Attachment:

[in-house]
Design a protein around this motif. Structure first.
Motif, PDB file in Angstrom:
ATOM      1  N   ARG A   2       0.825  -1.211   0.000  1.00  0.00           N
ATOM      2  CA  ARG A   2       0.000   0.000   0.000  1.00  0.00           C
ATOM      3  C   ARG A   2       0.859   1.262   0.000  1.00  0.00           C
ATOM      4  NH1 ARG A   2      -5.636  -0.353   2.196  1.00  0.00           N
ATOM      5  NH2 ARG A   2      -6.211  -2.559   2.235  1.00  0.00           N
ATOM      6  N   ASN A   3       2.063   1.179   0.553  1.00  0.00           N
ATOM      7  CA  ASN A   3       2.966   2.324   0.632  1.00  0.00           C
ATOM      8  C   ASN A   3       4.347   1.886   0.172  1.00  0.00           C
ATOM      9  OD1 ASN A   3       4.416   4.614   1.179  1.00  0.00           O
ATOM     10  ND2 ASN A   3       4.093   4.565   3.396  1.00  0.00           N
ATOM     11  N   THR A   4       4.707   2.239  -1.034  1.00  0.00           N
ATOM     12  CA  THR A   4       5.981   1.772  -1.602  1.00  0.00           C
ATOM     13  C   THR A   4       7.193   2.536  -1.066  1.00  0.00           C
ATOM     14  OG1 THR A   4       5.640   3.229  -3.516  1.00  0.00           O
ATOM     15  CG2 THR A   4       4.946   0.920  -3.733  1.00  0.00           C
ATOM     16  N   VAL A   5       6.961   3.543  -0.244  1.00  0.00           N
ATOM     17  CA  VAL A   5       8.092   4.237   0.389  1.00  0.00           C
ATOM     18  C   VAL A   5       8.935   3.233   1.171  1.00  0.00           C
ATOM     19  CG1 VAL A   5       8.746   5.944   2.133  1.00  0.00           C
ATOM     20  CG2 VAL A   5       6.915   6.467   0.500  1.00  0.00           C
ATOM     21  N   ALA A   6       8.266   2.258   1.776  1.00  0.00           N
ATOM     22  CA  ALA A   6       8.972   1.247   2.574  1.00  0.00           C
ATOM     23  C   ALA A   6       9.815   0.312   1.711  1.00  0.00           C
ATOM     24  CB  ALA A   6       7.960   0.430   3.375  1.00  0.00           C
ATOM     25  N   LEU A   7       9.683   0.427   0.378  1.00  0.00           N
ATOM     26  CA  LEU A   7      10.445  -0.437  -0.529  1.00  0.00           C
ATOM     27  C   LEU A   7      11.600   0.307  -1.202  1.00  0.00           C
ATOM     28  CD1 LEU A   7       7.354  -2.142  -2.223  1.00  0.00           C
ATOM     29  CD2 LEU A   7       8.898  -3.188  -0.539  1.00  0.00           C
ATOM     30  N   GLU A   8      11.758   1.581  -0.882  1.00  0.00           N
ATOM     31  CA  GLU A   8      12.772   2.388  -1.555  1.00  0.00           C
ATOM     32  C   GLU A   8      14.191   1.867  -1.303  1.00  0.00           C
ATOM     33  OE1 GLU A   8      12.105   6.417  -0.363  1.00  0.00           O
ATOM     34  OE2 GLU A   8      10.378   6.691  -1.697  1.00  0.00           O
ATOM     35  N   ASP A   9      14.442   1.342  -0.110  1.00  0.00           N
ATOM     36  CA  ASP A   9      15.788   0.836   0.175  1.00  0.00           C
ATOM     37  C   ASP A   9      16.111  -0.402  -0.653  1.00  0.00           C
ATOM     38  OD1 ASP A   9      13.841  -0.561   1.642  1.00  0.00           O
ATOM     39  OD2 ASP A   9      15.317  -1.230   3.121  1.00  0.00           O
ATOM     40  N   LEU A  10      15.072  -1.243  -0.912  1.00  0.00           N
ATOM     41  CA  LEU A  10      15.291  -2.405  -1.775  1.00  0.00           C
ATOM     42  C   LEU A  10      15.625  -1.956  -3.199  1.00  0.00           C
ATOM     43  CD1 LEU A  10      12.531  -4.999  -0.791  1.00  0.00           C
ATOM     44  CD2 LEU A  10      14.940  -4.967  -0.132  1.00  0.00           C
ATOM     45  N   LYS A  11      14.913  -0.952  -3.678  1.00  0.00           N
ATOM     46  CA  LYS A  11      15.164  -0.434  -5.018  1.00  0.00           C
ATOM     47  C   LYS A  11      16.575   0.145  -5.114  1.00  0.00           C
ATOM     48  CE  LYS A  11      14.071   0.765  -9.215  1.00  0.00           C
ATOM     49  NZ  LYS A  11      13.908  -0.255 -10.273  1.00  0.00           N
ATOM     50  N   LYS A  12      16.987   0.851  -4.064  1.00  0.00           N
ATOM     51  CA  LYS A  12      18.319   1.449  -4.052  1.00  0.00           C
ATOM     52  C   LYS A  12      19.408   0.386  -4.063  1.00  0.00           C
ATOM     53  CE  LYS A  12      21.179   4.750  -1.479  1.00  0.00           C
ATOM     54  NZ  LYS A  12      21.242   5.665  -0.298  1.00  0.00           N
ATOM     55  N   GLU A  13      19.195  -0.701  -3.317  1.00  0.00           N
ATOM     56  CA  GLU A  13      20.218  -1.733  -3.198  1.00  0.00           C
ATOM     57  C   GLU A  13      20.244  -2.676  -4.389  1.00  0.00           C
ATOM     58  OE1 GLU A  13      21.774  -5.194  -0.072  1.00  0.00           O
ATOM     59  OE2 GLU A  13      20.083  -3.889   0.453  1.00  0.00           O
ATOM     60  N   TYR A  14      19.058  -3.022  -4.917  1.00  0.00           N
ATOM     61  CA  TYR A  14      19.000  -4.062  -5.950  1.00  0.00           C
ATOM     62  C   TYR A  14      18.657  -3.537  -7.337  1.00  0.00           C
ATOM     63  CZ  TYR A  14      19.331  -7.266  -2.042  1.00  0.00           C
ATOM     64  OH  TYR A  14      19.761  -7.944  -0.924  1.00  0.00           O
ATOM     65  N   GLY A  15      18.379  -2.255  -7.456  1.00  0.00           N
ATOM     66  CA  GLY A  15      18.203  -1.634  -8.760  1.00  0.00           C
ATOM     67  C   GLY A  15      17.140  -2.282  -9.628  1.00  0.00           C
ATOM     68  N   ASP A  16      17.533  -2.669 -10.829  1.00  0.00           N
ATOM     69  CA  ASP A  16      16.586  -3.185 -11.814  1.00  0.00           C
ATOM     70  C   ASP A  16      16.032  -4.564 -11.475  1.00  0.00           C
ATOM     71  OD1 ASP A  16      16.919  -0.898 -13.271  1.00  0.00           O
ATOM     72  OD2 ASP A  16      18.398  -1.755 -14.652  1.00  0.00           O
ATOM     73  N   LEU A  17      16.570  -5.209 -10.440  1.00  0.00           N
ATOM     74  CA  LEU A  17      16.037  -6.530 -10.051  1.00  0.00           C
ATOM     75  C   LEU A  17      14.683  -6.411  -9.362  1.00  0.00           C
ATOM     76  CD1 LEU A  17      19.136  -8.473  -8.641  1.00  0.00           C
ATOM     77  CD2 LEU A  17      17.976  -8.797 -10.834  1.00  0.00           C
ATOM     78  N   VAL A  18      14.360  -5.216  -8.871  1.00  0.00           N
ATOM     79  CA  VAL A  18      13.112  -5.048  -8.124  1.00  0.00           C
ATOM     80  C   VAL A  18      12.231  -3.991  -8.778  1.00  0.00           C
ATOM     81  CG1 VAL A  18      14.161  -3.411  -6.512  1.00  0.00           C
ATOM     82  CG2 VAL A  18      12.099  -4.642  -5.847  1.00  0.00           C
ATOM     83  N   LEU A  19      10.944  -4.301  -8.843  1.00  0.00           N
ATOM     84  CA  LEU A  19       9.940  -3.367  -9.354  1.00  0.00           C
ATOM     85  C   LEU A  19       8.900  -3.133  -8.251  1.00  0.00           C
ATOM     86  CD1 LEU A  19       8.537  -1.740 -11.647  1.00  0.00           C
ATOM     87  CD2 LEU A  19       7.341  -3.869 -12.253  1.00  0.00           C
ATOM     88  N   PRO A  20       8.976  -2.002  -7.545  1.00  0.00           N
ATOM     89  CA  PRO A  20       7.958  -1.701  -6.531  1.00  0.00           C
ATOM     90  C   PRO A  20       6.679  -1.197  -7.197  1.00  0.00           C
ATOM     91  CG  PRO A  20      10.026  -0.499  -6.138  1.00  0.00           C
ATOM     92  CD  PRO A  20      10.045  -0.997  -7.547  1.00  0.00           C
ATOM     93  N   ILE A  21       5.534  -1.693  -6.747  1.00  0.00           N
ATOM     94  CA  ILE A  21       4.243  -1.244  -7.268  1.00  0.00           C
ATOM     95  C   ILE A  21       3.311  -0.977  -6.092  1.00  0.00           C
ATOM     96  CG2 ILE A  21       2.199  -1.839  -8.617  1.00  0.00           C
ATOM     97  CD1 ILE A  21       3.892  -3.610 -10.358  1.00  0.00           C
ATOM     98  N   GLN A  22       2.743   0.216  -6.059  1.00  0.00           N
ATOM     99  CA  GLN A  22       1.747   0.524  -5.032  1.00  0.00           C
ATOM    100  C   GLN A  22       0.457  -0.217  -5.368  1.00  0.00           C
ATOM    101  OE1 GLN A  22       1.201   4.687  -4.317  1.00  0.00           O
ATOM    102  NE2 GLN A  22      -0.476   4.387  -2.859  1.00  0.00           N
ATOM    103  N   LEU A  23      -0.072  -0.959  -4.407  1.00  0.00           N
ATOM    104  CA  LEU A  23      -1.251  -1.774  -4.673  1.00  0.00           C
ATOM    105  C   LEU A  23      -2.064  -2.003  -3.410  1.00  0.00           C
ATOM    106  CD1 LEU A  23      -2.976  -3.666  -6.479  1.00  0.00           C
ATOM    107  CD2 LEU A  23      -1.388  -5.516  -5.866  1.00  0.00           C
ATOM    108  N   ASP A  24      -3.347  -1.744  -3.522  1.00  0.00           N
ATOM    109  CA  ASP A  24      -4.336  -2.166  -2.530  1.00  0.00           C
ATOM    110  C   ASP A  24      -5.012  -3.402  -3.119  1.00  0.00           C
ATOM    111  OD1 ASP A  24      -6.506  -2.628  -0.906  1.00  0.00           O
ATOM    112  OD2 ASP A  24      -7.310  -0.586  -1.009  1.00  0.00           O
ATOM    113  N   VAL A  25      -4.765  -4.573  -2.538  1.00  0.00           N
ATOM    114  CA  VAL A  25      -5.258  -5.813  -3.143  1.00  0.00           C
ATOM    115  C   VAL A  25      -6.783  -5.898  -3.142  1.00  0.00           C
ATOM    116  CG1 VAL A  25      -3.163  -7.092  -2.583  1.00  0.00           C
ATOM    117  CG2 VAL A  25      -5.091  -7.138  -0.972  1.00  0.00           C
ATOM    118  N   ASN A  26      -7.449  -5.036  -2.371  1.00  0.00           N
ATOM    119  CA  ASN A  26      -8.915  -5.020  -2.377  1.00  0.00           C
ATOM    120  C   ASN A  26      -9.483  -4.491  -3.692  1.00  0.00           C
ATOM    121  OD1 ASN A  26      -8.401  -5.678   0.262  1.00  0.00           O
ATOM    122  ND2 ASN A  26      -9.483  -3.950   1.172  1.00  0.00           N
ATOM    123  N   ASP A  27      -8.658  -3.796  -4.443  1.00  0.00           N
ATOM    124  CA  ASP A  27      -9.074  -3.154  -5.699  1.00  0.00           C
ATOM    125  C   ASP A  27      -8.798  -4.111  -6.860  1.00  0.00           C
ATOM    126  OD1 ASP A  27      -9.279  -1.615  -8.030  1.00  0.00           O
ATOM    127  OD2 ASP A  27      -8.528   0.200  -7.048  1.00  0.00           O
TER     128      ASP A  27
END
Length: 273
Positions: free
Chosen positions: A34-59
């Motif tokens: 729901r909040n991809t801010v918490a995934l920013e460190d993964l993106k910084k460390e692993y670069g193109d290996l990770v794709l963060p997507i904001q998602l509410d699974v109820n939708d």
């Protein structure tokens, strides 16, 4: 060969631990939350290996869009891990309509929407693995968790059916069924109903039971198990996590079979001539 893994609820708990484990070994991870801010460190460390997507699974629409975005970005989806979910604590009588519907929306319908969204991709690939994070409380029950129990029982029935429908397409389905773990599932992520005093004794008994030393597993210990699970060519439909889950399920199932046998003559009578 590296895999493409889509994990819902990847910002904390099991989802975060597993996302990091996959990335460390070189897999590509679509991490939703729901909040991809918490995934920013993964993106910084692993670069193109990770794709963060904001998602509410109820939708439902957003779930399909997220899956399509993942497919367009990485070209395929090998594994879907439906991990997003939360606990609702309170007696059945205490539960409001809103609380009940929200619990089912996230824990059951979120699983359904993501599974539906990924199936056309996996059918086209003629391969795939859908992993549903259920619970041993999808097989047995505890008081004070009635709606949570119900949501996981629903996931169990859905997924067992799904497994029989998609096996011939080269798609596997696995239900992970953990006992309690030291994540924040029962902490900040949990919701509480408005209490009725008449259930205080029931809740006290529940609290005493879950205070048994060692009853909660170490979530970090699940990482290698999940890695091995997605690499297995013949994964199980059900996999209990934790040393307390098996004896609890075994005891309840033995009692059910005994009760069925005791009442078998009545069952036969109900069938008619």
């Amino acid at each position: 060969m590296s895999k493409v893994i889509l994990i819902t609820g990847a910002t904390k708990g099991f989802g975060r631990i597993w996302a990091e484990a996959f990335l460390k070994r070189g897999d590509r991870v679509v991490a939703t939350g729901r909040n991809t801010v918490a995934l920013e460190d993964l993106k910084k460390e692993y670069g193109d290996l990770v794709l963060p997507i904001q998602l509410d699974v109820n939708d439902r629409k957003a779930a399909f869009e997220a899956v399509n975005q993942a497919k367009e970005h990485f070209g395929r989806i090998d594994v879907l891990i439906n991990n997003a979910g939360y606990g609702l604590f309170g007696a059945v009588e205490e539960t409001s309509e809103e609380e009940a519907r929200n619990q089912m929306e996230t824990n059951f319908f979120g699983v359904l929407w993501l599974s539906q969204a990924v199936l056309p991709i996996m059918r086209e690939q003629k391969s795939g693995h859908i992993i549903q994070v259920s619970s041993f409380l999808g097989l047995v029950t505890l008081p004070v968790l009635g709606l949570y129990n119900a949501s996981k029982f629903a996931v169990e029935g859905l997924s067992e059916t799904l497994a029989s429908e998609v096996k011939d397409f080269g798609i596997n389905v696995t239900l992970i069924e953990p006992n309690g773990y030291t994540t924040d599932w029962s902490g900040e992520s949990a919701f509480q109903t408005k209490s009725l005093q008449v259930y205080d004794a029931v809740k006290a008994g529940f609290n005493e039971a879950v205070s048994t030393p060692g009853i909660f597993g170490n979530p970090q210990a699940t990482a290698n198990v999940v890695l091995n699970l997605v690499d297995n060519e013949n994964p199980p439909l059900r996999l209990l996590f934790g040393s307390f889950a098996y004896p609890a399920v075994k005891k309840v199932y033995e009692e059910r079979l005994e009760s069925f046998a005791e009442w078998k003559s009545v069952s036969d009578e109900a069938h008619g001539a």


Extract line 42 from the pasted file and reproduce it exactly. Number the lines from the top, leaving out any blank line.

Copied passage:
ATOM     39  OD2 ASP A   9      15.317  -1.230   3.121  1.00  0.00           O